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WV State Privacy Office

1124 Smith Street
Suite 4300
Charleston, WV 25311

304-766-2646 Phone
304-558-6004 Fax
8a.m.-4:30p.m. M-F

 Privacy Tips


WV Executive Branch Privacy Tip

Privacy Tip: Privacy in the Workplace

You tell a co-worker that you’re worried about a lump your doctor saw on your recent mammogram. You tell your manager you need to leave work early some days to attend marriage counseling sessions. You share the good news that you’re finally pregnant with your lunch buddy. Later you are shocked to learn that everyone in the office knows what you’ve said.   How could this happen? 

We all share private or personally identifiable information (PII) with other people every day – with our friends, family and co-workers. While we may not say “this is private” or “please keep this a secret,” we have expectations that our personal disclosures will be kept confidential. Yet other people may not understand these expectations. They may share your PII out of concern for you. They may assume you don’t mind. These misunderstandings can create real problems in the office.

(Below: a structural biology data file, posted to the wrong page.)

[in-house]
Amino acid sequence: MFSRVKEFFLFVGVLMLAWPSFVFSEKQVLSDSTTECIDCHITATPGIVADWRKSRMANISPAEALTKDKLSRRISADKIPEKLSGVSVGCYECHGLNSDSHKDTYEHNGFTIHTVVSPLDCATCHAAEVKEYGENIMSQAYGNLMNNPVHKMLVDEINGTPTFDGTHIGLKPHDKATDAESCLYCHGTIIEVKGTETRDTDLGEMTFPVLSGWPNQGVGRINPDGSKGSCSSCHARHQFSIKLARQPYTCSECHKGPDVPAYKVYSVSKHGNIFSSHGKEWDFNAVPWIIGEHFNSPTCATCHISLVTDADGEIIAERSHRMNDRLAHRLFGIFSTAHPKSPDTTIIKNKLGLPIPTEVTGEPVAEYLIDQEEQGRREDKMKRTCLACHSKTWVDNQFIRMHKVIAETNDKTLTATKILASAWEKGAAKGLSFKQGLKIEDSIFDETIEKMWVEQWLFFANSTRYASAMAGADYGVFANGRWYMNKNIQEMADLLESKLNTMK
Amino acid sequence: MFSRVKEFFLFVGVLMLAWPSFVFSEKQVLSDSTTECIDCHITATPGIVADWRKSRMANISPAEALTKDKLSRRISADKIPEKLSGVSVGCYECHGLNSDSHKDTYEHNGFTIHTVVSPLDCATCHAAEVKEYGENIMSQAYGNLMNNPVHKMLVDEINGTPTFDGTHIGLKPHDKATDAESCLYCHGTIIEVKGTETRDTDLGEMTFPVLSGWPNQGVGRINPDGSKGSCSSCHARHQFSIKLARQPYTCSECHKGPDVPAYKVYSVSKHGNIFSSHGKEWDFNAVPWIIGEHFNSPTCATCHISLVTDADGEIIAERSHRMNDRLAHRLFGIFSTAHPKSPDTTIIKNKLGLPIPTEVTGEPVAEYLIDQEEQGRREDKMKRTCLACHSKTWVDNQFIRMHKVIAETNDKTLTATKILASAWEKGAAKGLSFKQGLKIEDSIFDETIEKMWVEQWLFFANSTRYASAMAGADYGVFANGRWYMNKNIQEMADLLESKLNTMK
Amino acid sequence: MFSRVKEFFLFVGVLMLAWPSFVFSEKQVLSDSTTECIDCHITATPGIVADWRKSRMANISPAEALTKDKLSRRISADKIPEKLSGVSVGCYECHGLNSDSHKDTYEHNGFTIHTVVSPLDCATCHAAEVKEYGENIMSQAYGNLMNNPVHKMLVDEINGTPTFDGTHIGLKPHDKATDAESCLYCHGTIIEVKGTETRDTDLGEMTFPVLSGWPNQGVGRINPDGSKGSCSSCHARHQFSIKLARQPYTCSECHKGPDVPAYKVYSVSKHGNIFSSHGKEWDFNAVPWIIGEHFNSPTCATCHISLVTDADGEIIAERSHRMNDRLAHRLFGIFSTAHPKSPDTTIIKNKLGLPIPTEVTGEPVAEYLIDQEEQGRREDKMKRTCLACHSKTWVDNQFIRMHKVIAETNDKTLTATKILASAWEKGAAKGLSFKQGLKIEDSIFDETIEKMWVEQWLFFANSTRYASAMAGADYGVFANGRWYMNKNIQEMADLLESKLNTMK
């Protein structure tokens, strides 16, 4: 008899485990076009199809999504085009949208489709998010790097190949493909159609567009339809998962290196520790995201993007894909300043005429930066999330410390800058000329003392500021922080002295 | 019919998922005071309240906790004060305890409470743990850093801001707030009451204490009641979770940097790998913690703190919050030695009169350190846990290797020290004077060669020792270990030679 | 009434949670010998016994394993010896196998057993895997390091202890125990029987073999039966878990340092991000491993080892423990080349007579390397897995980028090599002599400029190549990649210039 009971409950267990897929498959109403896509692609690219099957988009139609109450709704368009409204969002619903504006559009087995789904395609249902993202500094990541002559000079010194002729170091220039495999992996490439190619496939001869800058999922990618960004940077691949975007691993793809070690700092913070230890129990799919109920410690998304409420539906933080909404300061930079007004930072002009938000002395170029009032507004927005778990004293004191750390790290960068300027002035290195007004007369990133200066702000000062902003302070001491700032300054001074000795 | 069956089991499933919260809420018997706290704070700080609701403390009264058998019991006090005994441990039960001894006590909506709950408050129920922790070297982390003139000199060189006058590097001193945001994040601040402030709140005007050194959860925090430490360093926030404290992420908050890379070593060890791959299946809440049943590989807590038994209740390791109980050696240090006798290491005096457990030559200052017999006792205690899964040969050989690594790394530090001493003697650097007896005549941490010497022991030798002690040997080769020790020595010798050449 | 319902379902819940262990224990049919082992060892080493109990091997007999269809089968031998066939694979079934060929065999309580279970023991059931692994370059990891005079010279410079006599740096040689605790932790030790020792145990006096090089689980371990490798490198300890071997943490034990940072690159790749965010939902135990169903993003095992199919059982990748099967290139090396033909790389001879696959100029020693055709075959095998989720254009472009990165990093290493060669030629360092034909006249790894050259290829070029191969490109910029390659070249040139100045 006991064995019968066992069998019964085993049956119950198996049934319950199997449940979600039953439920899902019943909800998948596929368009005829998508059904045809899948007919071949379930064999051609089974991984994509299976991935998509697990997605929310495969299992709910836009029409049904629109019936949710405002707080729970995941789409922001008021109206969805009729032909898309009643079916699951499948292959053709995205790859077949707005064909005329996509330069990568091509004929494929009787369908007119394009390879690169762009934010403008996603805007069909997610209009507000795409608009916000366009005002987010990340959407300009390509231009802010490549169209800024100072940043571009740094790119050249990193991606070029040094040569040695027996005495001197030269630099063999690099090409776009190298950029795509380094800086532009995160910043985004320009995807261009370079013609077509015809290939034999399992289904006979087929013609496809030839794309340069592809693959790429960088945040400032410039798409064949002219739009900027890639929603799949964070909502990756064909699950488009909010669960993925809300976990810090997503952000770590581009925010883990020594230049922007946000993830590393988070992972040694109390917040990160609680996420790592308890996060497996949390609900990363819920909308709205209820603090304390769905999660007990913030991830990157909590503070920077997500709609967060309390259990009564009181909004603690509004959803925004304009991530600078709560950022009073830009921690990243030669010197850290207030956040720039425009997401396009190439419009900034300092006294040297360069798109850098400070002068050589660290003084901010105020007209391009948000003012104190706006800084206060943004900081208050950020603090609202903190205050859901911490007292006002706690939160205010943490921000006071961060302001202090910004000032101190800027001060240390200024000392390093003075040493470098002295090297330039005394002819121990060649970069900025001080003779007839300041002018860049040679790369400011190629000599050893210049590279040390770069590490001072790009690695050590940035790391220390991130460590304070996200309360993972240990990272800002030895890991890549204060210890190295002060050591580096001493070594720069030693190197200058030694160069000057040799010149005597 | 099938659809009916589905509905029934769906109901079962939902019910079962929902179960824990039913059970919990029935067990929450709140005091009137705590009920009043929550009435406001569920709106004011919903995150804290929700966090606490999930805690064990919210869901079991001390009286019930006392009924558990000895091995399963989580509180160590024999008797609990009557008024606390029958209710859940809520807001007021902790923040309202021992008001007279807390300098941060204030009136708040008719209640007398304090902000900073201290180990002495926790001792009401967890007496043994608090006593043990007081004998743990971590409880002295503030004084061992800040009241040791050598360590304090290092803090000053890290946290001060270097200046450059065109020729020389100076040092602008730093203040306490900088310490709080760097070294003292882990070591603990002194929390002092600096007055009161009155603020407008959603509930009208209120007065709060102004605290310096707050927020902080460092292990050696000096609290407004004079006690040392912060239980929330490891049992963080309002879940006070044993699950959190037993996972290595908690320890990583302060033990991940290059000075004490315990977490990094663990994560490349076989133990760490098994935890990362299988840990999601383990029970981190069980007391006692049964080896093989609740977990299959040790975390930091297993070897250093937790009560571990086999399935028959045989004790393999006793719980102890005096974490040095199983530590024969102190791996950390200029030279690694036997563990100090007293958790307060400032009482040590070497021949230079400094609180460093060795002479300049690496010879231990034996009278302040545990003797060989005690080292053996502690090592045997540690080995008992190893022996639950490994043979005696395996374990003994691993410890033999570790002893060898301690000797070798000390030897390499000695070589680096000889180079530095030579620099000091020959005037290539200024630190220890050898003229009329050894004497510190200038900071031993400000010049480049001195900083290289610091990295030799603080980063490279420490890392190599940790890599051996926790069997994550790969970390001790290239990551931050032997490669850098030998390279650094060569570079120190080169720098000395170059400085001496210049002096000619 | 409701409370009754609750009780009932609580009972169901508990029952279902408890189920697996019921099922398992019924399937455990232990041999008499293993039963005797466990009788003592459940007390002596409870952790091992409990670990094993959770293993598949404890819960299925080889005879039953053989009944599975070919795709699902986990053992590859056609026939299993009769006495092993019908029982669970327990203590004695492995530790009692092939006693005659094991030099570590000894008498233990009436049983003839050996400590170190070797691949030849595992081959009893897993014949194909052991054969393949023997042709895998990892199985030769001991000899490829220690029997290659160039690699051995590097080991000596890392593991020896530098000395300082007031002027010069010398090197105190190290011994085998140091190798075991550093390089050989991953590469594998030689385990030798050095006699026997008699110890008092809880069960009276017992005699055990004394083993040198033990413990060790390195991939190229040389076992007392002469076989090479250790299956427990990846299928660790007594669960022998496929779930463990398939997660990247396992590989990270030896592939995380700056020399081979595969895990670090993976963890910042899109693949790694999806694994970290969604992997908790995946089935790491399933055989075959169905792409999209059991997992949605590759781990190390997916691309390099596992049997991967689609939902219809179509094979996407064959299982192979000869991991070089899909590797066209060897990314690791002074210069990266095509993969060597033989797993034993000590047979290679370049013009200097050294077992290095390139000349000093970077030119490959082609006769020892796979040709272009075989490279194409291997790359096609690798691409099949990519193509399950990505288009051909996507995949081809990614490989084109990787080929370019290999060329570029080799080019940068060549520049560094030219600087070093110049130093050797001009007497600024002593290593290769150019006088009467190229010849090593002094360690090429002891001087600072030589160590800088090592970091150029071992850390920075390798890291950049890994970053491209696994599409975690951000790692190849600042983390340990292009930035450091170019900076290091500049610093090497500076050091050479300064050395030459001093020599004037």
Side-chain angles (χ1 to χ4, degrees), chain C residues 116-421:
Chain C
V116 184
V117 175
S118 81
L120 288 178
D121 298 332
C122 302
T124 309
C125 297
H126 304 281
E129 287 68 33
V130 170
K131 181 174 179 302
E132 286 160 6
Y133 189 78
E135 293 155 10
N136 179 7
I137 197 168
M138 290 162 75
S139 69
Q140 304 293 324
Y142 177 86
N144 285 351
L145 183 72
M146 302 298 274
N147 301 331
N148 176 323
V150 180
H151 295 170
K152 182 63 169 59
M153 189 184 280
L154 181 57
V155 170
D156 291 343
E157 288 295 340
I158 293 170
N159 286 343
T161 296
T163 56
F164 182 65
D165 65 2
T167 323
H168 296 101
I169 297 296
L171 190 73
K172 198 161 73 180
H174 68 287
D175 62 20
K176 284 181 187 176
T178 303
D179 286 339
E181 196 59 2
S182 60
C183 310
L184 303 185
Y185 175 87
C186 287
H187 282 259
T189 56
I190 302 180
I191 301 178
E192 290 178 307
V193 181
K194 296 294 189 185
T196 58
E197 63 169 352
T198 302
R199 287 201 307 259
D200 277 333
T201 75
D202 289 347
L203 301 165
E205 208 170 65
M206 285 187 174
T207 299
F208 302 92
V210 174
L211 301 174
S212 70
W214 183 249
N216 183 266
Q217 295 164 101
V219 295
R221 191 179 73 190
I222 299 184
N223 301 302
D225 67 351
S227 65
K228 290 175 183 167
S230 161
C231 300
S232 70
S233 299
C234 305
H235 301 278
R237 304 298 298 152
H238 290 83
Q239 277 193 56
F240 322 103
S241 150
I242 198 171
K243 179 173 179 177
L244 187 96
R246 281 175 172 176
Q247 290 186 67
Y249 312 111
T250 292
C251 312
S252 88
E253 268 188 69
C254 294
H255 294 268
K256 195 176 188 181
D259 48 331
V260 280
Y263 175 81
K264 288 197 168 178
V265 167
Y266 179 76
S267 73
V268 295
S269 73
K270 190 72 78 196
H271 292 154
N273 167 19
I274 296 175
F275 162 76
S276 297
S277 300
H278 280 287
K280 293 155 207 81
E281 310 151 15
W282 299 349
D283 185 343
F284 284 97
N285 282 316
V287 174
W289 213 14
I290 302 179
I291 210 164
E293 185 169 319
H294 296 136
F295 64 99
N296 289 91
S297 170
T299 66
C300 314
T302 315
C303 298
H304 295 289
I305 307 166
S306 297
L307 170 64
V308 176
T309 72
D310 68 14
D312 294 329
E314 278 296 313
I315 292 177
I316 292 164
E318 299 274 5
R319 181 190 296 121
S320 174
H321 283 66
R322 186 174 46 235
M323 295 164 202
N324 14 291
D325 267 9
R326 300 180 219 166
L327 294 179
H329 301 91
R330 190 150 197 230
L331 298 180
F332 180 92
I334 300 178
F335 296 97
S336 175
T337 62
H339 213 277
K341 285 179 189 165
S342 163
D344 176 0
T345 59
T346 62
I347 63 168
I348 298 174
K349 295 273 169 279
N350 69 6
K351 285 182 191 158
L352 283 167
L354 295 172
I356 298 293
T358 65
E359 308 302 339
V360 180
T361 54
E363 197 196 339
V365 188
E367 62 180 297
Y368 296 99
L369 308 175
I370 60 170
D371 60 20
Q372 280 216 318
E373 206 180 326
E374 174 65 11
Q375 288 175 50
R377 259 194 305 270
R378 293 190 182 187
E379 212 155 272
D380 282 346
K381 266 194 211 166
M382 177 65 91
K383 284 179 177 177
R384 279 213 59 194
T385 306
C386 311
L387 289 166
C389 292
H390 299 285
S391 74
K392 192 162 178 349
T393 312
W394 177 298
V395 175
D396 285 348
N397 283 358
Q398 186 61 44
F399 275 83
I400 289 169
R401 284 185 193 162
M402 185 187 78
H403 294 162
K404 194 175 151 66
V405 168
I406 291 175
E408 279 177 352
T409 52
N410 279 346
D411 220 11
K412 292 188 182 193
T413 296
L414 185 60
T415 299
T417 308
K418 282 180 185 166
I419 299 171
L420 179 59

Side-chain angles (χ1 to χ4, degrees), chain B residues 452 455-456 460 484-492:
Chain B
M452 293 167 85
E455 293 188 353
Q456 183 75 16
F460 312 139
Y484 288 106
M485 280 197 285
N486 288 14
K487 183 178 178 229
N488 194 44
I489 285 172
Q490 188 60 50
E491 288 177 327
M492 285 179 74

How can we avoid privacy problems at work? If a co-worker confides in you, consider the circumstances of the disclosure before you share that person’s PII with others. If you aren’t completely certain that it’s okay to share, ask the person. Or better yet, just keep the news to yourself.

If you feel you must share a co-worker’s news with others, share only the minimum necessary.  For example, if you want to offer people the opportunity to send a group flower arrangement to someone in the hospital, limit what you say. Simply saying that you’re sending Mary a get-well bouquet after her surgery is better than mentioning the nature of the surgery that she’s having.  

Similarly, before you share your own PII with others, consider the possible consequences. If you tell someone that you are going to be out on medical leave, that person may naturally share the news so that your colleagues can send flowers or bring you a meal. If you are not comfortable with this, either don’t share the news or else be clear that the message is private and you don’t want anyone else to know.

By being aware of our conflicting need to share what’s going on in our lives with our desire to control the flow of that personal information, we can make our offices more privacy-friendly for everyone! 



Note:  Your agency/bureau/department/division may have specific requirements – always check your policies and procedures.  If you have questions, contact your Privacy Officer.